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Posts Tagged: Longreads

Scary Stories for a New Generation

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We haven’t stopped creating fairy tales and folklore—we just do it online now.

For Aeon magazine, Will Wiles has a splendid longread about “creepypasta,” the phenomenon of writing and disseminating scary stories on the Internet.

Their subject matter—horrific lost episodes of TV shows, malicious computer code that causes seizures—reveal how the loci of our anxieties have shifted to more technological horrors.

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“The Sheer Fun of Researching” Cults

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Sociologist Susan Palmer studies new religious movements—“cults,” as the rest of us might call them—not out of morbid fascination or a desire to catalog their evils, but because she considers them “beautiful life forms, mysterious and pulsating with charisma.”

Of course, it’s a controversial line of work, and involves more than its fair share of ethical quandaries—but none of the ones you’d guess.

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Art and Money and Muppets

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Because it taught children across the country, Henson became a household name, and through Sesame Street toys, Henson became a millionaire….However, licensing toys, to Henson, felt like selling out.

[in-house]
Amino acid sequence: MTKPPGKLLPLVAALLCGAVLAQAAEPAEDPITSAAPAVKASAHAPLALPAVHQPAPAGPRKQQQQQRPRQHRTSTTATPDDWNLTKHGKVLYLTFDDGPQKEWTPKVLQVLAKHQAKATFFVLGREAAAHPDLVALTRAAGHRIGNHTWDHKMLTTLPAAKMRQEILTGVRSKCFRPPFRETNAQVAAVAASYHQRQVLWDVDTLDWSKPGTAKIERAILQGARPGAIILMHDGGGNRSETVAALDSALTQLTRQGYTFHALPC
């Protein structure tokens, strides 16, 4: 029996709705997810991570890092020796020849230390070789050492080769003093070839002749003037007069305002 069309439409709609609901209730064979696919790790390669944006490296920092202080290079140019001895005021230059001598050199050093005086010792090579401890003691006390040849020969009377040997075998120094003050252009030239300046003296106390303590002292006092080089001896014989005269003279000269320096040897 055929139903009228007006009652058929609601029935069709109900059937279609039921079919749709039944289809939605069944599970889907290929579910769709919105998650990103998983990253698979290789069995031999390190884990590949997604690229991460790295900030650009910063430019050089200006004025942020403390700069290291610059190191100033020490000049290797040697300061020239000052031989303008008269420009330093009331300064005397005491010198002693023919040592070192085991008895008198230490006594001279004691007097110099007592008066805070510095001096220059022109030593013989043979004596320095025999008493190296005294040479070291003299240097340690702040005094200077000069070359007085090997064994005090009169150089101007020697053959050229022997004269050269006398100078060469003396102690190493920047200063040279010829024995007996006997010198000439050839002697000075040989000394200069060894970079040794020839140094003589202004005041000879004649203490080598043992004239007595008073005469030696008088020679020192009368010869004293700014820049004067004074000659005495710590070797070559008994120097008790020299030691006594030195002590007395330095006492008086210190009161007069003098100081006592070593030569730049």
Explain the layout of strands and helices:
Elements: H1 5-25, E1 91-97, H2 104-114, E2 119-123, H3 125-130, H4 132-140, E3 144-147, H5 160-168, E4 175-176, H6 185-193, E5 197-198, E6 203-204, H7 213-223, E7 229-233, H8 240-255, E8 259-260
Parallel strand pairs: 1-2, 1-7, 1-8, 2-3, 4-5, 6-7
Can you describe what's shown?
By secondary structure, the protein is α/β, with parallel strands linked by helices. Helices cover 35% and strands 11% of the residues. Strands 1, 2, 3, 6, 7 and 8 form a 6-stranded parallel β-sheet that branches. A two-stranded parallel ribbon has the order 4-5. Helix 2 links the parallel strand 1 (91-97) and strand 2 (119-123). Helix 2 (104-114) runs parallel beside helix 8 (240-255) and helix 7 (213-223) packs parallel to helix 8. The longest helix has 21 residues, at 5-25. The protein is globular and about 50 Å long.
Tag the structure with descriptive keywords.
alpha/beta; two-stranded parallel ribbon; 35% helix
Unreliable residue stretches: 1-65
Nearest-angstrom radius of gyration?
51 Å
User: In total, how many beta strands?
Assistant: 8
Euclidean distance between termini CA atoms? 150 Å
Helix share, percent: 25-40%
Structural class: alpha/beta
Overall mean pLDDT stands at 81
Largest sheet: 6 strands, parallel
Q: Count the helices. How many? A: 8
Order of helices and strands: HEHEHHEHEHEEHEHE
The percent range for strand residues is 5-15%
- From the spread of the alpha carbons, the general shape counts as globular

The cage-match-to-the-death between art and business can be brutal, but Muppet-master Jim Henson seemed to broker a level of peace between the two.

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“Fear and Anxiety…Link All of Us Across the Centuries”

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An excerpt from Joel F. Harrington’s book The Faithful Executioners is a featured Longreads Members Pick and well worth a few minutes of your time.

Starting with a creative nonfictional account of an executioner in Germany in the 1500s, the piece opens up into a grim but fascinating overview of European life in the sixteenth century.

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Welcome to the Clone Zone

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Via Longreads, a Carl Zimmer story on his National Geographic blog about bringing lost species back from extinction.

Dinosaurs are probably out of the question because their remains are too old to contain usable DNA, but according to “an expert on mammoth DNA at McMaster University in Ontario,” recreating woolly mammoths is “just a matter of finances now.”

Of course, there are a million complications between us and restored flocks of passenger pigeons, but who knows what the future will bring?

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